Inside Russia’s filtration camps
Entry type: Single project
Country/area: United Kingdom
Publishing organisation: The i newspaper, inews.co.uk
Organisation size: Big
Publication date: 2022-03-26
Authors: Dean Kirby, Investigations Correspondent
Dean Kirby is i’s Investigations Correspondent. He has been reporting the news for 25 years. His awards include the Medical Journalists’ Association News Story of the Year for an investigation into PPE supply chain chaos in the Covid pandemic. He has been highly commended for the 2022 Hugh Cudlipp Award for Investigative Journalism and shortlisted for Scoop of the Year at the British Journalism Awards for his work on the war in Ukraine. He holds a PhD in urban history and is a volunteer mentor to journalism students.
One of the hidden stories of the war in Ukraine was the forced deportation of Ukrainians to Russia – a brutal system exposed by Dean Kirby in a world leading investigation. Kirby used open-source techniques including maps, satellite images and a Cyrillic keyboard to become the first journalist to identify and confirm the existence of the camps in Ukraine. He went on to build a database of 66 more sites in Russia, stretching to Vladivostok. His work was referenced in an OSCE report on Russian war crimes, which confirmed more than one million Ukrainians had been taken over the Russian border.
The investigation made headlines in countries across Europe including Spain, Finland, Poland and Croatia and was followed up by media organisations in Canada, the US and Japan, including the Washington Post. Carl Bild, Sweden’s former Prime Minister, was among those who shared the investigation on Twitter and it was mentioned in the Human Rights Watch Daily Briefing. Two days after the 66 camps story, the Pentagon’s spokesman John Kirby confirmed that Washington had seen “indications that Ukrainians were being taken against their will to Russia”. The OSCE later directly referenced the investigation in a report on Russian war crimes. The report described the camps as a “new alarming phenomena” and said OSCE was “gravely concerned about the mistreatment of Ukrainians in them. In July, US Secretary of State Antony Blinken confirmed that it was the US view that Russia had forcibly deported Ukrainians, often to isolated regions in the Far East. He said: “The unlawful transfer and deportation of protected persons is a grave breach of the Fourth Geneva Convention on the protection of civilians and is a war crime. Russian authorities must release those detained and allow Ukrainian citizens forcibly removed or coerced into leaving their country the ability to promptly and safely return home.” In September, a major report by Human Rights Watch said Russia had committed a serious violation of the laws of war and a potential crime against humanity. It said the process involved “a form of compulsory security screening, in which they typically collected civilians’ biometric data, including fingerprints and front and side facial images; conducted body searches, and searched personal belongings and phones; and questioned them about their political views”. This was confirmation of my previous reporting. In total, the coverage reached an audience of 3.4 million people and prompted 130,000 engagements.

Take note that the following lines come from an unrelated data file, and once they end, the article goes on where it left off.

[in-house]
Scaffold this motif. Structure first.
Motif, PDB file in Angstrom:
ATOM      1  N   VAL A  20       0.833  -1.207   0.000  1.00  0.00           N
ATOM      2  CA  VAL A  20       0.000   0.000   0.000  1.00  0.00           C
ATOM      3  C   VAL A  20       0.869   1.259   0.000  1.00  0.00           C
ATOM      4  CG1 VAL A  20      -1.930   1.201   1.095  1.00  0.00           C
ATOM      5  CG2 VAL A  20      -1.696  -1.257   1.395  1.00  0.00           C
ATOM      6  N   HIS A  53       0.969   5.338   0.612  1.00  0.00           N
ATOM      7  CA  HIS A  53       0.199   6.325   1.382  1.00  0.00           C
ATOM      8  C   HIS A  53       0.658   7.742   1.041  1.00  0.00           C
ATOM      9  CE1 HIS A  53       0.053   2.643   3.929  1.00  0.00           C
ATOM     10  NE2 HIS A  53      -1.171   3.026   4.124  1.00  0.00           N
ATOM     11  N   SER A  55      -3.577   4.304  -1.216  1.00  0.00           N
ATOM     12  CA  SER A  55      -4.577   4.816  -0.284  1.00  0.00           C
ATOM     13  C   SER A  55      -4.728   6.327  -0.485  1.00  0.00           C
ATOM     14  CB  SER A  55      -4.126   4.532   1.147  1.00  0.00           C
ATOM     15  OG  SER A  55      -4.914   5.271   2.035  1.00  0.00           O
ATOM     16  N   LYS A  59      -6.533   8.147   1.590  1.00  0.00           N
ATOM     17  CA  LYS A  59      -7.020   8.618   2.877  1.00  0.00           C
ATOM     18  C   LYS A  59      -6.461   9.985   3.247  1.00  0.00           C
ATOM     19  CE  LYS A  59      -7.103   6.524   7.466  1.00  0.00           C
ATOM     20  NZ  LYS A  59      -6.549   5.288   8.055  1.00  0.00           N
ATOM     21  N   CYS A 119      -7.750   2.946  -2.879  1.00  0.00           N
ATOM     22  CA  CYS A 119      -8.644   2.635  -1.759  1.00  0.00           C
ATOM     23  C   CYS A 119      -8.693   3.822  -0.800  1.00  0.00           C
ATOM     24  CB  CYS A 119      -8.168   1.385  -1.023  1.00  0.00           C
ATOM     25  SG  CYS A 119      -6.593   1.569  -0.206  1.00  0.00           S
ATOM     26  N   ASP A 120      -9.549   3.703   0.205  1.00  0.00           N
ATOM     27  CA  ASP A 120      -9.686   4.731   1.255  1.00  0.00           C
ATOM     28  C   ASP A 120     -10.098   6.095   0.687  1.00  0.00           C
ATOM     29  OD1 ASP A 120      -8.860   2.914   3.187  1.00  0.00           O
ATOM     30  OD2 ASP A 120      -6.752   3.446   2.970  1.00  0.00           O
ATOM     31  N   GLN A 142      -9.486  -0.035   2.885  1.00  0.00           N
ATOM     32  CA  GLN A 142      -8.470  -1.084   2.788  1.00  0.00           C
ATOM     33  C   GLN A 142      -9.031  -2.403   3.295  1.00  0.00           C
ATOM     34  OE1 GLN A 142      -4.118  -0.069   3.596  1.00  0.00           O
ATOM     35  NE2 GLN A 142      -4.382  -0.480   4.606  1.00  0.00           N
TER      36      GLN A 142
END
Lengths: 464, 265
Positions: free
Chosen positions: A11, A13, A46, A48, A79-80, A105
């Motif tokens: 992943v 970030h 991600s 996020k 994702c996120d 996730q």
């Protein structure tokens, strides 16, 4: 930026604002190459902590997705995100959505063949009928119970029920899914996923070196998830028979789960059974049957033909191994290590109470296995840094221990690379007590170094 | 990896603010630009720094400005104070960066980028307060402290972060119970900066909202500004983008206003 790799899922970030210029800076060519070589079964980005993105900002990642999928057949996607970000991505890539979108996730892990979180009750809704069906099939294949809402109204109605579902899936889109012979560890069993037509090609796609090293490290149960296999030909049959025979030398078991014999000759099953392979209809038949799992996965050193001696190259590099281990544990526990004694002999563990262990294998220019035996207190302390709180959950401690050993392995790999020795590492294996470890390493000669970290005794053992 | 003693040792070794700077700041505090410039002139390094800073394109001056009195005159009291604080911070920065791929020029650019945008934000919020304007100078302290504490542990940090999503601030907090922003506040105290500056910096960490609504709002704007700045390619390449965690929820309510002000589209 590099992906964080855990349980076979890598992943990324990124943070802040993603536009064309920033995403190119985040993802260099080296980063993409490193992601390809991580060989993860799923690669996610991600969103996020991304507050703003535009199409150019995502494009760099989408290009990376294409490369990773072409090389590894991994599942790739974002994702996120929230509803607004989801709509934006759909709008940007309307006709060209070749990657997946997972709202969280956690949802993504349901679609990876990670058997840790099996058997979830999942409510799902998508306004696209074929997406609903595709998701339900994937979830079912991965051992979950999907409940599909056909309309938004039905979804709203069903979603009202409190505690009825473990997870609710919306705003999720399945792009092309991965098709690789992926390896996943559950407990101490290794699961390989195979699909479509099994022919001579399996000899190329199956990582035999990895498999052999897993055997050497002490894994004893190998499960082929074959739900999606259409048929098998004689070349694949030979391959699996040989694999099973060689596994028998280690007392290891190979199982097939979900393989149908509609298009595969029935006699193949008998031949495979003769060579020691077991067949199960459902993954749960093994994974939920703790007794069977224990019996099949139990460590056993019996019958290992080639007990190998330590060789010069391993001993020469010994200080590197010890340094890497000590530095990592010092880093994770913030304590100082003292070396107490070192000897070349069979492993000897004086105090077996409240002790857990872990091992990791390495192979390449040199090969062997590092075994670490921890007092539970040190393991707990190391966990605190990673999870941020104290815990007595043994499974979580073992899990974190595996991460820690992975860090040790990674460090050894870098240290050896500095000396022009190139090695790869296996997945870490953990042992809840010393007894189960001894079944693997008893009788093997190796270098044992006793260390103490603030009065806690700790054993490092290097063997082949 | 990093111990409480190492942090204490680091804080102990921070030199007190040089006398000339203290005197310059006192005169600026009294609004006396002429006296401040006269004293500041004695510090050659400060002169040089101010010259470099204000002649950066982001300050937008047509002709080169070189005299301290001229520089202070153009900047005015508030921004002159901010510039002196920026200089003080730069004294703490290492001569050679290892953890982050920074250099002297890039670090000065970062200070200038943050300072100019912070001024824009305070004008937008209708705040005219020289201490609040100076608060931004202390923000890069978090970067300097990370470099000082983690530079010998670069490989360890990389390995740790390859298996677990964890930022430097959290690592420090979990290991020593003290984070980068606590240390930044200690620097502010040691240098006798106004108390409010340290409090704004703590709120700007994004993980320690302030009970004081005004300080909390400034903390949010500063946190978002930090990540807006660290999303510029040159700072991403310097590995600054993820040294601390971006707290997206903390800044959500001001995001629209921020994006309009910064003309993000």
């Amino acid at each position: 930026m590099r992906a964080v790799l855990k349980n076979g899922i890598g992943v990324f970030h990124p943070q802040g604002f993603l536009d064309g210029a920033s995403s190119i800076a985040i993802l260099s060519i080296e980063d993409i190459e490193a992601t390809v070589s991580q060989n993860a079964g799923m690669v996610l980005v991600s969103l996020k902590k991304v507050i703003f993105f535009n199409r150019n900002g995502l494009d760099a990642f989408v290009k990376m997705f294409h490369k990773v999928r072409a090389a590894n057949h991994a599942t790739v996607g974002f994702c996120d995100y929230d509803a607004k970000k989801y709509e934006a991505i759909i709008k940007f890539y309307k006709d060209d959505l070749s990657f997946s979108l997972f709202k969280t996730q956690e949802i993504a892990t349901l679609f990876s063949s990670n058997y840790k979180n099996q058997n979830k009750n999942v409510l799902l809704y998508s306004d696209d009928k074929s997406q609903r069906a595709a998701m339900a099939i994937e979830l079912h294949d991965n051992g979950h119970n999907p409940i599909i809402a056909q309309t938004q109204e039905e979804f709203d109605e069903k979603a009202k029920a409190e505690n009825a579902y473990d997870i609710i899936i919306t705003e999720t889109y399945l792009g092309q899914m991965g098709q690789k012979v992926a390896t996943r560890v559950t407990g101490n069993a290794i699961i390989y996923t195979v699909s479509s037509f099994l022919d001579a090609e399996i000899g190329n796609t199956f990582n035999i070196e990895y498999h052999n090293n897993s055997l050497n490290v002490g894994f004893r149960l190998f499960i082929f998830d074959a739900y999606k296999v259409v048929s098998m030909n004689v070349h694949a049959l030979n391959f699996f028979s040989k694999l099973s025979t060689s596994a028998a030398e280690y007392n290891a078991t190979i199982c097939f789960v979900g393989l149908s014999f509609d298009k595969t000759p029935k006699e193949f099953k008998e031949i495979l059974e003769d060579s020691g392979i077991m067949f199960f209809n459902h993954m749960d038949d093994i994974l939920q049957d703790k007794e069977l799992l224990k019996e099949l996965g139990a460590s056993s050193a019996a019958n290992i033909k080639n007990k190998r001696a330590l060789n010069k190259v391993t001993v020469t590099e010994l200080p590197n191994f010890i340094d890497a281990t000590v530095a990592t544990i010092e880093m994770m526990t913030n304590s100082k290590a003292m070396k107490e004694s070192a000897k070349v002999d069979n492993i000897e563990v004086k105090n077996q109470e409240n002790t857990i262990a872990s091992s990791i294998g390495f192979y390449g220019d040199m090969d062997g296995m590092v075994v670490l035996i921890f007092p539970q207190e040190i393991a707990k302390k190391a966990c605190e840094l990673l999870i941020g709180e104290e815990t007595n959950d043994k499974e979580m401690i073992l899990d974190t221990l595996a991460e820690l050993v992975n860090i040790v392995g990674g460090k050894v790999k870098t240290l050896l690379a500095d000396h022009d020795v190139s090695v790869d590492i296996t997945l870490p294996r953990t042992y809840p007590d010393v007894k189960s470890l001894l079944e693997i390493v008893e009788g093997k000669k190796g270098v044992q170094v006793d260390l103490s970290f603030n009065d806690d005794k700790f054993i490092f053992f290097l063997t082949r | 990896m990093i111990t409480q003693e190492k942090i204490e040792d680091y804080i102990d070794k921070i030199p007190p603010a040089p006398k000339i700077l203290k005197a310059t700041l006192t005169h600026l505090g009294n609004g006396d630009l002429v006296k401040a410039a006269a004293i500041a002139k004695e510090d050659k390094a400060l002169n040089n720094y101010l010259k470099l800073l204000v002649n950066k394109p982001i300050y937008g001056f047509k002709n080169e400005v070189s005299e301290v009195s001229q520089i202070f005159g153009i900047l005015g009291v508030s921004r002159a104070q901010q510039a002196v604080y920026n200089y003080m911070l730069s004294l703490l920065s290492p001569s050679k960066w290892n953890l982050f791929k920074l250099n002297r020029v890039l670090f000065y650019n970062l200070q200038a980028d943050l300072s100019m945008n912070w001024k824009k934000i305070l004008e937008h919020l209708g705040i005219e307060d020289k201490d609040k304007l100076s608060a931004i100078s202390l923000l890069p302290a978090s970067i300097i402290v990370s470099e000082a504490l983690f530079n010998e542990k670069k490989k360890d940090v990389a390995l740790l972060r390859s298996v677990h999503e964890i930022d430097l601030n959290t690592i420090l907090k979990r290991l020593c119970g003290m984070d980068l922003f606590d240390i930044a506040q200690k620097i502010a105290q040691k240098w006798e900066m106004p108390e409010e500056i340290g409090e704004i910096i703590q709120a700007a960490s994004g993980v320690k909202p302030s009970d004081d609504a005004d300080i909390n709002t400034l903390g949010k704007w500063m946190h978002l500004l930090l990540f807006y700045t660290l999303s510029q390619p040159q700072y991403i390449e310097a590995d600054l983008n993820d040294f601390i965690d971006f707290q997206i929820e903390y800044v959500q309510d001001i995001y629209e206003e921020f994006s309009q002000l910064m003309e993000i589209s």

This investigation used open-source intelligence (OSINT) techniques to find an locate the camps. This involved searching social media for the camps in Russian, using a Cyrillic keyboard to translate road signs and identifying markers in videos including roads, trees and even a bus stop which were then matched up with online maps. The first camp was located using these markers as well as the unusually-shaped red roof of a farmers’ market. As the camp did not show up on satellite images on Google Earth, which were not up to date, co-ordinates were passed to two satellite firms who provided up-to-date satellite imagery of the camp in the location where I expected it to be based on my anaysis. I then repeated this exercise using Russian TV news footage and other sources including Kremlin documents to establish that groups of Ukrainians were arriving in towns across Russia and, again using satellite imagery and tools including dash-cam footage, built a database of the locations of 66 camps, including a former chemical weapons site. Using this database, I calculated how many people were in these camps. This enabled me to work out an estimate for the number of camps across Russia. I also made gifs of some of the locations on Sentinel Hub, which showed the camps being built. I was also able to use the same techniques to find a number of detention centres in Ukraine. The investigation also used traditional reporting techniques including interviews with people who had been in the camps to reveal the full extent of the filtration system from within Ukraine to the far reaches of Russia and to show how it was centrally co-ordinated by Moscow.
Context about the project:
This investigation involved finding temporary camps that were being built behind the frontlines of the war in Ukraine – out of the public eye and far beyond the access of foreign correspondents based in the country – and deep in the countryside in Russia, the largest country on Earth. It at first seemed an impossible task to locate the camps, particularly as a non-Russian speaker, but using novel OSINT techniques made it possible. At the time I first reported on this issue, world governments and human rights organisations including the ICRC were unable to confirm my reporting because they had no evidence of their own on which to substantiate the evidence. It was only months later that they were able to provide confirmation.
What can other journalists learn from this project?
This investigation shows what can be achieved by journalists using OSINT techniques combined with traditional journalism skills.